Serum was collected from calves on days 0, 21, 28, 35, 42, 49, and on 56. Whole blood was collected in tubes containing EDTA 1 day prior to challenge through 14 days post challenge (a total of 16 days). On day 42 animals were challenged with 1×106 TCID50/mL of BVD1b strain NY1 intranasally (USDA distributed efficacy challenge material). Neutralizing antibody responses were assessed using representative viruses from Type 1 and Type II BVDV strains (Singer and 296c, respectively) using day 0, 21, 28, and 42 serum samples. Clinical disease was scored on a scale from 0–3 each day. White blood cell (WBC) counts were assessed on whole blood samples collected in tubes containing EDTA using an automated cell counter (Iowa State University, Veterinary Pathology). The degree of leukopenia following virus challenge was assessed by subtracting the maximum reduction in circulating WBCs from the baseline level (calculated from a mean of two samples prior to challenge).
Serum from the control animal was VN negative on the day of challenge. A dose dependent heterologous VN response was observed in animals to sub-genotypes BVD1a and BVD2. VN titers were induced in all vaccinated animals to Type 1 strains and most animals to Type 2 strains in the high dose group. Significant differences by one-way ANOVA were observed in VN geometric mean titers between low and high dose E2 RP vaccinated groups (Figure 2). The serum of all E2 RP vaccinated animals was positive at termination by western immunoblotting against recombinant E2 glycoprotein. Both E2 RP treated groups showed a reduced degree of leukopenia when compared with the control; the high dose E2 RP dose having a greater impact on reducing leukopenia (Figure 3). Febrile responses were noted in all animals at some study timepoint following virus challenge (Figure 4). The placebo group demonstrated a febrile response before E2 RP vaccinated animals at 3 days post challenge (dpc) (Figure 4). All experimental groups demonstrated febrile responses from days 7–9 post challenge with a maximum of 105.8°F (Figure 4). Temperatures returned to normal levels in all E2 RP vaccinated animals by day 9 post challenge; however, temperatures remained elevated for several additional days in the control animal (Figure 4). Clinical disease scores (nasal/ocular discharge and/or depression) were collected for all animals. Protection from clinical disease after challenge was noted in 2 of the 3 high dose E2 RP vaccinated animals. The clinical disease scores for the low dose E2 RP group and placebo control were not different (mean clinical score = 4); In contrast, the high dose E2 RP group demonstrated significantly reduced disease severity and degree of clinical signs (mean clinical score = 0.66) (Figure 5).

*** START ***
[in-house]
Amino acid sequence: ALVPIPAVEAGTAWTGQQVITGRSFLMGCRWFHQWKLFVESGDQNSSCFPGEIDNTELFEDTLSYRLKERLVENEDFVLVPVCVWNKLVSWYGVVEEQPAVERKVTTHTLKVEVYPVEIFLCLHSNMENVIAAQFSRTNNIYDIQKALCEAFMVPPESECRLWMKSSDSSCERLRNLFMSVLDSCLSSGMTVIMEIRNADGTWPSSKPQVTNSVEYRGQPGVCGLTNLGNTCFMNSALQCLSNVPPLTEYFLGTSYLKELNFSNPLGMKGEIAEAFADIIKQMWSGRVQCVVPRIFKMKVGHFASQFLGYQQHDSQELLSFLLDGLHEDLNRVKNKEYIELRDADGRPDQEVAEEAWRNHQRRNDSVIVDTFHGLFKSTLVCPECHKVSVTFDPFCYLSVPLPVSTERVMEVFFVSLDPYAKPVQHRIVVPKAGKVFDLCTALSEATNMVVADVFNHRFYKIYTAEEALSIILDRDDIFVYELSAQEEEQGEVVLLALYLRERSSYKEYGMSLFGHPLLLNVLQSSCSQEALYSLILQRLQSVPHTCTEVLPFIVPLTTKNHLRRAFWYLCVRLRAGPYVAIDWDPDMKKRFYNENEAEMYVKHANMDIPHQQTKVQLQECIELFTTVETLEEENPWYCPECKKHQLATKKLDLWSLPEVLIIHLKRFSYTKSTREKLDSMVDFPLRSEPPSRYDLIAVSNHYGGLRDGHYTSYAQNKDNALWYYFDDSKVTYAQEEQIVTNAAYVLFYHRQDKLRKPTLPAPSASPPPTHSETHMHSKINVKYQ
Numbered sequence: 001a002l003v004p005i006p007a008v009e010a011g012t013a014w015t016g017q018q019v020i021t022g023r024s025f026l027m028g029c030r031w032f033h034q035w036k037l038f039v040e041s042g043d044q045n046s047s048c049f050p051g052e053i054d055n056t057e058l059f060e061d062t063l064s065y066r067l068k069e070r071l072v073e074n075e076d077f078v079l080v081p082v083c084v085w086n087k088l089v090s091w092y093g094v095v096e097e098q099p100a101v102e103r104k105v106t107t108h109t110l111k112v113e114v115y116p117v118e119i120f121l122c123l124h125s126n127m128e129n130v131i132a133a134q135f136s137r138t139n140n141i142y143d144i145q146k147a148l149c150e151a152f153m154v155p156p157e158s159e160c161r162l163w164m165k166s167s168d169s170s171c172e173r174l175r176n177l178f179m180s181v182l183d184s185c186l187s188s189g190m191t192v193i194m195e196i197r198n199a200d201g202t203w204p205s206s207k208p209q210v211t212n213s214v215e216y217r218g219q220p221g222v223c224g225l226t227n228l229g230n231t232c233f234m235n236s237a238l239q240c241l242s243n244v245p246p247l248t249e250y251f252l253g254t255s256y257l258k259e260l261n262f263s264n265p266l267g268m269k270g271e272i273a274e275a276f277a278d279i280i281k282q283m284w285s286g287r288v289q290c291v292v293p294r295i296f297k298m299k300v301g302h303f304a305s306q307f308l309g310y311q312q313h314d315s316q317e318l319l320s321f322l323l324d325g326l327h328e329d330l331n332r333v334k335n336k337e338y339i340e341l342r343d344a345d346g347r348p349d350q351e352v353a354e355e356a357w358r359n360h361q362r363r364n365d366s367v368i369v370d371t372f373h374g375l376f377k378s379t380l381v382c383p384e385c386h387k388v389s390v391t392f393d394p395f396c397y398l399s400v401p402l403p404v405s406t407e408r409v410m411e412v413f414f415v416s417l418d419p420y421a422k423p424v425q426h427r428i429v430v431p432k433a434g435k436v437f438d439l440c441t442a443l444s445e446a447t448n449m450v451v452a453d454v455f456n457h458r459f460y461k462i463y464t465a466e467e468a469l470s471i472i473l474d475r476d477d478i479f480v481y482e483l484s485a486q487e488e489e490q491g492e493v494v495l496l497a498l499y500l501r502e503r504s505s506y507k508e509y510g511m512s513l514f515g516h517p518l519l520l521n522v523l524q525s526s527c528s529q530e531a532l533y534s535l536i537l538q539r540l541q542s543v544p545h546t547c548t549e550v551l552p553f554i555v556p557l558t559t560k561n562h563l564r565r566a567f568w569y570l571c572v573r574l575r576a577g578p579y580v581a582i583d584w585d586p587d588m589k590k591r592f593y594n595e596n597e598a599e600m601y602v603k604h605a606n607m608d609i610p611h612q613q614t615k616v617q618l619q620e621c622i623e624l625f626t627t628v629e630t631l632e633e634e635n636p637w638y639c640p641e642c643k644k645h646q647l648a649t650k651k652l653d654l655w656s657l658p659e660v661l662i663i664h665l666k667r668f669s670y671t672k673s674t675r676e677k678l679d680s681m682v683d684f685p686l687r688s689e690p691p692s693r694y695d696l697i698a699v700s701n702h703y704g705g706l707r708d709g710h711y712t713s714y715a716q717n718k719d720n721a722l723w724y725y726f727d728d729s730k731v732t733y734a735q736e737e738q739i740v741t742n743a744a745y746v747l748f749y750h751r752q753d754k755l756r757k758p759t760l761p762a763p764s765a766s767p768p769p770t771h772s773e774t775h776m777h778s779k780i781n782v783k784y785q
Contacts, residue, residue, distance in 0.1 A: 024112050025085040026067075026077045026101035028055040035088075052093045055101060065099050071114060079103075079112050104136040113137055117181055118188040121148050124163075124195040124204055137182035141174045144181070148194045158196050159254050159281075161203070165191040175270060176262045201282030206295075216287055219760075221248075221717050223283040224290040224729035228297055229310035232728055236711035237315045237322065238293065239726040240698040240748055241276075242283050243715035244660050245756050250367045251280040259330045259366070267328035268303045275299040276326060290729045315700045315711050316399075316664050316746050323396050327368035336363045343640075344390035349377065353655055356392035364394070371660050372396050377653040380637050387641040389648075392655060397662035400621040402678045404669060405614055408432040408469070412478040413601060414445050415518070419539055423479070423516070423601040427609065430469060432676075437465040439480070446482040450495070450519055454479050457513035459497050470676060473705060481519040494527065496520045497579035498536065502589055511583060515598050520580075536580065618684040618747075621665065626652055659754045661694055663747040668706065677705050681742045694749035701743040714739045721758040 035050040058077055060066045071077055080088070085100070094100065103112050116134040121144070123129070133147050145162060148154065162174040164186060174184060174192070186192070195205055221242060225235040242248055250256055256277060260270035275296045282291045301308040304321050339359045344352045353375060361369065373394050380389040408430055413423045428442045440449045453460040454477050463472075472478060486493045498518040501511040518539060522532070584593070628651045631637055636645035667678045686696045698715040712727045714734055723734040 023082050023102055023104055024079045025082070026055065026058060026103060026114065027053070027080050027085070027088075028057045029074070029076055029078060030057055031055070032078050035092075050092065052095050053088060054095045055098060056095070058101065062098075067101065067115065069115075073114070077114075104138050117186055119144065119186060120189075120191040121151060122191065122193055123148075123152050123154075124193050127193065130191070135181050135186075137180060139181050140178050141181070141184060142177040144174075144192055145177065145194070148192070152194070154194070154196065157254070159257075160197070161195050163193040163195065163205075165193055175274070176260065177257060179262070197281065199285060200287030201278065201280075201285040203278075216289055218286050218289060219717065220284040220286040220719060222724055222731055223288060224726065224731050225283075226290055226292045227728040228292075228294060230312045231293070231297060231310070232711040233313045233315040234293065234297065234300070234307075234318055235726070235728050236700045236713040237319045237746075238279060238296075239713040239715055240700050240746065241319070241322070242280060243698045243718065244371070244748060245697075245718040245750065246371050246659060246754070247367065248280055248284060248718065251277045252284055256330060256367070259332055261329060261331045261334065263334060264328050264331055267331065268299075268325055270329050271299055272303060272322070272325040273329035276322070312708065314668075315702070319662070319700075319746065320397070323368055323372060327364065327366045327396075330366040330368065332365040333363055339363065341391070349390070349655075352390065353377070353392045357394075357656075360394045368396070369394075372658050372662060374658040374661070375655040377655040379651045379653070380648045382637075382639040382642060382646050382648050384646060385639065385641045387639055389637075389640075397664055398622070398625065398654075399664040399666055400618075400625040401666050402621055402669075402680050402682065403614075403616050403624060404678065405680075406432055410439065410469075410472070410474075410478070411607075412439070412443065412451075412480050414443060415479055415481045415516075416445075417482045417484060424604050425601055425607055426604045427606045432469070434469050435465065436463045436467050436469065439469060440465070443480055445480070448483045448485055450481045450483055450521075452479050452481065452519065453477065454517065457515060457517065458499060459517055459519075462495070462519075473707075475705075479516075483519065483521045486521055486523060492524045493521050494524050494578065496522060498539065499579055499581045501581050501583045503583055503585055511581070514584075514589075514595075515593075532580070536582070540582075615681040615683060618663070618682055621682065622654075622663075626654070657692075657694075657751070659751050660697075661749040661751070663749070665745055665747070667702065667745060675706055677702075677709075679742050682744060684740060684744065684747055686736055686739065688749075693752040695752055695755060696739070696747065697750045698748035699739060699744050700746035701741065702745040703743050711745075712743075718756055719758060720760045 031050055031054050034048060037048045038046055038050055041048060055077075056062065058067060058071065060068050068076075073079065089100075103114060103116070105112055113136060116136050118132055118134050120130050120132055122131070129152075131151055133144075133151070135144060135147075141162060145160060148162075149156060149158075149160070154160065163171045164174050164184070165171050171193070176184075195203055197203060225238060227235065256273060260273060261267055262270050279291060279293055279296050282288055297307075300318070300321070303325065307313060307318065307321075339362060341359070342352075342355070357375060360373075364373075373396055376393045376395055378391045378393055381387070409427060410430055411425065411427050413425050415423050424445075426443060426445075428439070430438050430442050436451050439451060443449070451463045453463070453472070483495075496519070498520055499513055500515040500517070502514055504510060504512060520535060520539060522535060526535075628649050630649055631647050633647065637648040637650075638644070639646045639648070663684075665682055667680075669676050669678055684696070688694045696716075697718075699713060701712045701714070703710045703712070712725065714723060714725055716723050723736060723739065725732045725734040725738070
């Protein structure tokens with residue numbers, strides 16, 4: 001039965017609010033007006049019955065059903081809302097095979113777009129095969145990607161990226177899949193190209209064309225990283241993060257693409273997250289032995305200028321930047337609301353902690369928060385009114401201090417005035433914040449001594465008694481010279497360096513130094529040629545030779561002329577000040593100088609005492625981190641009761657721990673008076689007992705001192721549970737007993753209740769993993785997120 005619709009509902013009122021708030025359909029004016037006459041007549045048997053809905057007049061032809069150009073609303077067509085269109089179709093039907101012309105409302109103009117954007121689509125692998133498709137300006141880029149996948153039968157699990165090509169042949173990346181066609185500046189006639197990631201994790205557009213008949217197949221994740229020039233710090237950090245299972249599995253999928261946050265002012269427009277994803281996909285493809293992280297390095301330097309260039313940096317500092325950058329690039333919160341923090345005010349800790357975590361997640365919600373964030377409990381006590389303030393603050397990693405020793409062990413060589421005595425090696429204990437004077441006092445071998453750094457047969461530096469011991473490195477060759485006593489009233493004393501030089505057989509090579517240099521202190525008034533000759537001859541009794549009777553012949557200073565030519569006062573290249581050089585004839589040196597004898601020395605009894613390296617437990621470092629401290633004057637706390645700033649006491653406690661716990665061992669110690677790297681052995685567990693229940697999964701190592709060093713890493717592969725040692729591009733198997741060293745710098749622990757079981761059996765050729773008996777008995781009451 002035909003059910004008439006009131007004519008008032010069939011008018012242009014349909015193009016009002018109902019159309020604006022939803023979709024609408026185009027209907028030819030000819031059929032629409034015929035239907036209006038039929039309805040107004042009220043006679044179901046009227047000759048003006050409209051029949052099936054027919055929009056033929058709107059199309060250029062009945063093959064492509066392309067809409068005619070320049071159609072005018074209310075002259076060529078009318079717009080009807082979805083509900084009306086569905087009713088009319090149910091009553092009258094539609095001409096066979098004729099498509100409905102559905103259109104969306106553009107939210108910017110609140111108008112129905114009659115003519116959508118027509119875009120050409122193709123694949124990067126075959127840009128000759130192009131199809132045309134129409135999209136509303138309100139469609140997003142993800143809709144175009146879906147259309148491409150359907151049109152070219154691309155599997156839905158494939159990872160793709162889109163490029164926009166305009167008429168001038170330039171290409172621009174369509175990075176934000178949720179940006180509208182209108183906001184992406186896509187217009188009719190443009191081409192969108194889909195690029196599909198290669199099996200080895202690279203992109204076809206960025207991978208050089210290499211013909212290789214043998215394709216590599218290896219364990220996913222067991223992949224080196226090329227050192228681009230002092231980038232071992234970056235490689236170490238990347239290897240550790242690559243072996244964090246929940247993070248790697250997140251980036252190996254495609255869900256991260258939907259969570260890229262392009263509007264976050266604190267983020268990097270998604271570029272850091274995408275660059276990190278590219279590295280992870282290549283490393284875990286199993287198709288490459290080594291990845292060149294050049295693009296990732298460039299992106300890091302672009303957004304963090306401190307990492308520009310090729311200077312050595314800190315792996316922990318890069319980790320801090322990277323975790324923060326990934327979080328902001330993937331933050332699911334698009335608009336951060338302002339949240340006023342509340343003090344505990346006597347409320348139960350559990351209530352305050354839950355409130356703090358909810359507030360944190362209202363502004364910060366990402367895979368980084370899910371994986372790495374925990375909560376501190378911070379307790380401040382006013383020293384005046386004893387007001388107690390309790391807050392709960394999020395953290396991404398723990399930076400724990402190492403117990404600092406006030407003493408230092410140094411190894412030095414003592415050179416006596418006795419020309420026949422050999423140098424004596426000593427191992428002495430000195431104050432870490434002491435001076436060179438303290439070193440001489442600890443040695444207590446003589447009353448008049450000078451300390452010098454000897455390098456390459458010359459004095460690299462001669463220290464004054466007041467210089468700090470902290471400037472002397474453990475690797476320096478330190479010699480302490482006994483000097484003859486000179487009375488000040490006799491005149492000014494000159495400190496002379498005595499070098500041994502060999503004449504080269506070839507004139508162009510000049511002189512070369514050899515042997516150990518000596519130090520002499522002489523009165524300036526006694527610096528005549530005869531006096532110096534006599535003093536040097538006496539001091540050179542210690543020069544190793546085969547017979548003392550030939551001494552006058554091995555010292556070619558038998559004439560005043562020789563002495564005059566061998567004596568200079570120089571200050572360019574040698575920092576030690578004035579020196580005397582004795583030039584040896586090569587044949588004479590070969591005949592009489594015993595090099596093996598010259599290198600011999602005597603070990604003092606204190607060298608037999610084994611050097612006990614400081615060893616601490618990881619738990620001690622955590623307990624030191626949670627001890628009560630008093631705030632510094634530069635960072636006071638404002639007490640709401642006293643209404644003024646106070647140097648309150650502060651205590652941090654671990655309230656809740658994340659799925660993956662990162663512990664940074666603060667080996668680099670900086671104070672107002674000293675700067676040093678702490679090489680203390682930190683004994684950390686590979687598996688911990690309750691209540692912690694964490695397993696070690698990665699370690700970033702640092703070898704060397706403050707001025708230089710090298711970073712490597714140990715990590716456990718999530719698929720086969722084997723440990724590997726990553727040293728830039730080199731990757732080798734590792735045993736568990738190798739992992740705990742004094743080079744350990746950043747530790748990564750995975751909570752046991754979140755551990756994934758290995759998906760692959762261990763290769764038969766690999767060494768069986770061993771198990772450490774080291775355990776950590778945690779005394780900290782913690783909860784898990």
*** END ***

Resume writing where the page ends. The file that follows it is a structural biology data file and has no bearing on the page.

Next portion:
In summary, these data demonstrate that RP expressing BVD1b NY1 E2 glycoprotein can induce dose dependent immune responses specific to BVDV. Importantly, the E2 RP induce a cross-reactive VN antibody response to Type 1a and Type 2 BVD strains. This response was significantly higher in animals that received the 1 × 107 IU E2 RP dosage level. Furthermore, the vaccine impacted clinical parameters post-challenge with a homologous BVDV strain and reduced the degree of leukopenia post-challenge when compared to the control. The current study does not address if the heterologous neutralization titers indicate efficacy against heterologous challenge, however, this will be addressed in future experiments. We believe that BVDV E2 RP represent an attractive alternative to MLV or inactivated vaccine approaches because of the efficacy demonstrated here, the safety profile of the vector, and because E2 RP may allow differentiation of infected and vaccinated animals capable of supporting BVDV eradication programs.
The use of biohazardous materials and the calf experimental protocol were reviewed and approved by the ISU Institutional Biosafety Committee (IBC) and the Institutional Animal Care and Use Committee (9-11-7225-B).
The authors would like to thank Kara Burrack, Kay Kimpston-Burkgren, Lyle Kesl, and Kara Jimenez for their contributions.
Department of Animal Science, Iowa State University
United States Department of Agriculture, Agricultural Research Service, Ruminant Diseases and Immunology Research Unit
Department of Veterinary Diagnostic and Preventive Medicine, Iowa State University
Department of Veterinary and Biomedical Sciences, University of Nebraska-Lincoln